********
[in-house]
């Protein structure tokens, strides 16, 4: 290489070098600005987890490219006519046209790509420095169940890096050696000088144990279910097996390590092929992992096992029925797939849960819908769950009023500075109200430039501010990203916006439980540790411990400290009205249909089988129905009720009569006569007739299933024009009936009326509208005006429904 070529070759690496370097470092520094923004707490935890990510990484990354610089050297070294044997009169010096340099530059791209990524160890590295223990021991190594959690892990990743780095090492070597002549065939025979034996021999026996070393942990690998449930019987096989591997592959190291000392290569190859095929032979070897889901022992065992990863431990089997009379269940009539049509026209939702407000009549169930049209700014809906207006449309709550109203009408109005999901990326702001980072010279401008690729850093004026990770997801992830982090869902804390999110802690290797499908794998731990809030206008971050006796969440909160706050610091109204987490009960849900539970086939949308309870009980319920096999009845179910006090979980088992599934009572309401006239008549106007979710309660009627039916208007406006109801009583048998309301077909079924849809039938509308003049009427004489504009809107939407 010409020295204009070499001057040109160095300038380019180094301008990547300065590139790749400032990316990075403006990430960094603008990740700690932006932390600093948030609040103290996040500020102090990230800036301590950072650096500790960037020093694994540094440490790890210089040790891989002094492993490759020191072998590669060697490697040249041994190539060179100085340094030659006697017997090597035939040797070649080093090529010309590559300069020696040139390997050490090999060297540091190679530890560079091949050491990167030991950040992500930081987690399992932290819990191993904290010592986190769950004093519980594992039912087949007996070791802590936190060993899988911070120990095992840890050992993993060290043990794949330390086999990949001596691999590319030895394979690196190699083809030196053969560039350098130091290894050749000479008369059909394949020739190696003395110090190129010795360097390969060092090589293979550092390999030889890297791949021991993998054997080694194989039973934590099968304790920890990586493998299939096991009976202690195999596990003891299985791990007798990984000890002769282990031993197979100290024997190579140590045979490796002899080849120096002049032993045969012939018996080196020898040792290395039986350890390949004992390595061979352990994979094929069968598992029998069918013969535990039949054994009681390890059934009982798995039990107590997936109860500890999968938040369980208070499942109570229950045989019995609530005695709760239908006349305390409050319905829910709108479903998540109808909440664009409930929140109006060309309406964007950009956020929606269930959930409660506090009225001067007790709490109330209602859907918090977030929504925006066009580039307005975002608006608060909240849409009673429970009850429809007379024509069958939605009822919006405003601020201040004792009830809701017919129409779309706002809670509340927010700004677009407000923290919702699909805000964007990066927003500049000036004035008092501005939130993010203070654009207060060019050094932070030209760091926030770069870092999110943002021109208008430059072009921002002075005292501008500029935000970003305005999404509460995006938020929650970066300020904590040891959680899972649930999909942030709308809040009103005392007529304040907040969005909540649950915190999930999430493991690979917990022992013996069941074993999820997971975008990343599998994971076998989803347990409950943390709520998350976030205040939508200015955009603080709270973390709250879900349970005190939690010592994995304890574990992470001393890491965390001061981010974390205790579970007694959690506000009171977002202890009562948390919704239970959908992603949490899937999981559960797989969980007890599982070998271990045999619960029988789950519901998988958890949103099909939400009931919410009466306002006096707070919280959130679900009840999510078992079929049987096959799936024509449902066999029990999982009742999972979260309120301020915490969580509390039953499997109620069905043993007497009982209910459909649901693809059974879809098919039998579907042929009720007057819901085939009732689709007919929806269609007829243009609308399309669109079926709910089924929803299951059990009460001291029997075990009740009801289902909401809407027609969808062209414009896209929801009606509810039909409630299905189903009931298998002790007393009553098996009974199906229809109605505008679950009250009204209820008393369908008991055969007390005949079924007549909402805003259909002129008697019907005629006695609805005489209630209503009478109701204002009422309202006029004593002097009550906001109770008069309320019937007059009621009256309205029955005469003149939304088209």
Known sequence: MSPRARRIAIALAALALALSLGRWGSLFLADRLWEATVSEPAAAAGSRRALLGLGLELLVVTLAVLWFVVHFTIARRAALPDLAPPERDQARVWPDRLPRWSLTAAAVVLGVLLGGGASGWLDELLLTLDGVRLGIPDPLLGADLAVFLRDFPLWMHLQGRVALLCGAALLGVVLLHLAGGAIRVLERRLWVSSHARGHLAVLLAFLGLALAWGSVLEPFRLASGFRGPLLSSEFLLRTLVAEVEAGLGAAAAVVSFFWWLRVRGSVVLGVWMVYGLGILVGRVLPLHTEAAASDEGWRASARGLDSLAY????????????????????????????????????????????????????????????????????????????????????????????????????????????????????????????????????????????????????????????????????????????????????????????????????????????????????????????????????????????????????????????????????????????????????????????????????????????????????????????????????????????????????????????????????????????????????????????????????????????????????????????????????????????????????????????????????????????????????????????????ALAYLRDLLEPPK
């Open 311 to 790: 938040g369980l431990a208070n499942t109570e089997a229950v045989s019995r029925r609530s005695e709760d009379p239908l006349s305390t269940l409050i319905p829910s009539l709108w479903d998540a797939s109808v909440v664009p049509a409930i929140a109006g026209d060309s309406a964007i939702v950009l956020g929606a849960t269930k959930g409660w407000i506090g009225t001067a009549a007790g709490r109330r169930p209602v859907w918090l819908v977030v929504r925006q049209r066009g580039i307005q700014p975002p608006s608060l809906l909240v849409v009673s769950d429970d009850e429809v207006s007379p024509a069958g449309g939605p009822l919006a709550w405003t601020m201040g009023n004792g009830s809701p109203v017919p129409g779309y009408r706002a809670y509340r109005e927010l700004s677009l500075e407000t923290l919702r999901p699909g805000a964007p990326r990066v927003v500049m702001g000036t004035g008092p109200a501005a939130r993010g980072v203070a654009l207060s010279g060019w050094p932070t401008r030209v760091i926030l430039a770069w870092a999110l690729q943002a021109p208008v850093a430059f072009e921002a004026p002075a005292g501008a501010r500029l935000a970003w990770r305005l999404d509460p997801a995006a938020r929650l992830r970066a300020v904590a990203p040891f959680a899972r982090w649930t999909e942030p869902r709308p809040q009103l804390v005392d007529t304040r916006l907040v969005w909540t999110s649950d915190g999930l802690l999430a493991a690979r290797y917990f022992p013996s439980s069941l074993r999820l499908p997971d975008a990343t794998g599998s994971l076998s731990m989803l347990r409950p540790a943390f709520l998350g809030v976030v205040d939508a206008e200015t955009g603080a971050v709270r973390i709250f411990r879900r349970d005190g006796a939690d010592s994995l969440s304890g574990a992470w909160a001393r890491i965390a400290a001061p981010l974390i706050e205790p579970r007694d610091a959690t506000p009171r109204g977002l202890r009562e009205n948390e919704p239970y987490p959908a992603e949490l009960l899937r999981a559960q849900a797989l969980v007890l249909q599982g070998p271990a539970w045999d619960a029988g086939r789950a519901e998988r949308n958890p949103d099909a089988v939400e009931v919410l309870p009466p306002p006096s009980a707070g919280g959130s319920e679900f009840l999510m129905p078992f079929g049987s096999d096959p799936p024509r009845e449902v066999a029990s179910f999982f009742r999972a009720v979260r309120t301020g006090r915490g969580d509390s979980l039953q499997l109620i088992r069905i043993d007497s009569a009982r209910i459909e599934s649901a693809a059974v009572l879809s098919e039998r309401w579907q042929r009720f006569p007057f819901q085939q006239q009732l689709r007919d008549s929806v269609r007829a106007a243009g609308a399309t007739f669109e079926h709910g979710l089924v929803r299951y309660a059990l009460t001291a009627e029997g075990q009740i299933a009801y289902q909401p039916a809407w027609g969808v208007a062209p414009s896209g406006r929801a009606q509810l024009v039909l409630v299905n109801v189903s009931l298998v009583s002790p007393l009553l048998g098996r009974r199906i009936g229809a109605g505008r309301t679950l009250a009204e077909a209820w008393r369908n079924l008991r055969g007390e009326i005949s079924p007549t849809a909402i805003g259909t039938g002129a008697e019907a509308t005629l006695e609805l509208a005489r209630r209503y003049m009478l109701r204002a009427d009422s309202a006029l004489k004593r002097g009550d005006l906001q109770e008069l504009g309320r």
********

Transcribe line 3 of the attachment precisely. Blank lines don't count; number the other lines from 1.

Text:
Known sequence: MSPRARRIAIALAALALALSLGRWGSLFLADRLWEATVSEPAAAAGSRRALLGLGLELLVVTLAVLWFVVHFTIARRAALPDLAPPERDQARVWPDRLPRWSLTAAAVVLGVLLGGGASGWLDELLLTLDGVRLGIPDPLLGADLAVFLRDFPLWMHLQGRVALLCGAALLGVVLLHLAGGAIRVLERRLWVSSHARGHLAVLLAFLGLALAWGSVLEPFRLASGFRGPLLSSEFLLRTLVAEVEAGLGAAAAVVSFFWWLRVRGSVVLGVWMVYGLGILVGRVLPLHTEAAASDEGWRASARGLDSLAY????????????????????????????????????????????????????????????????????????????????????????????????????????????????????????????????????????????????????????????????????????????????????????????????????????????????????????????????????????????????????????????????????????????????????????????????????????????????????????????????????????????????????????????????????????????????????????????????????????????????????????????????????????????????????????????????????????????????????????????????ALAYLRDLLEPPK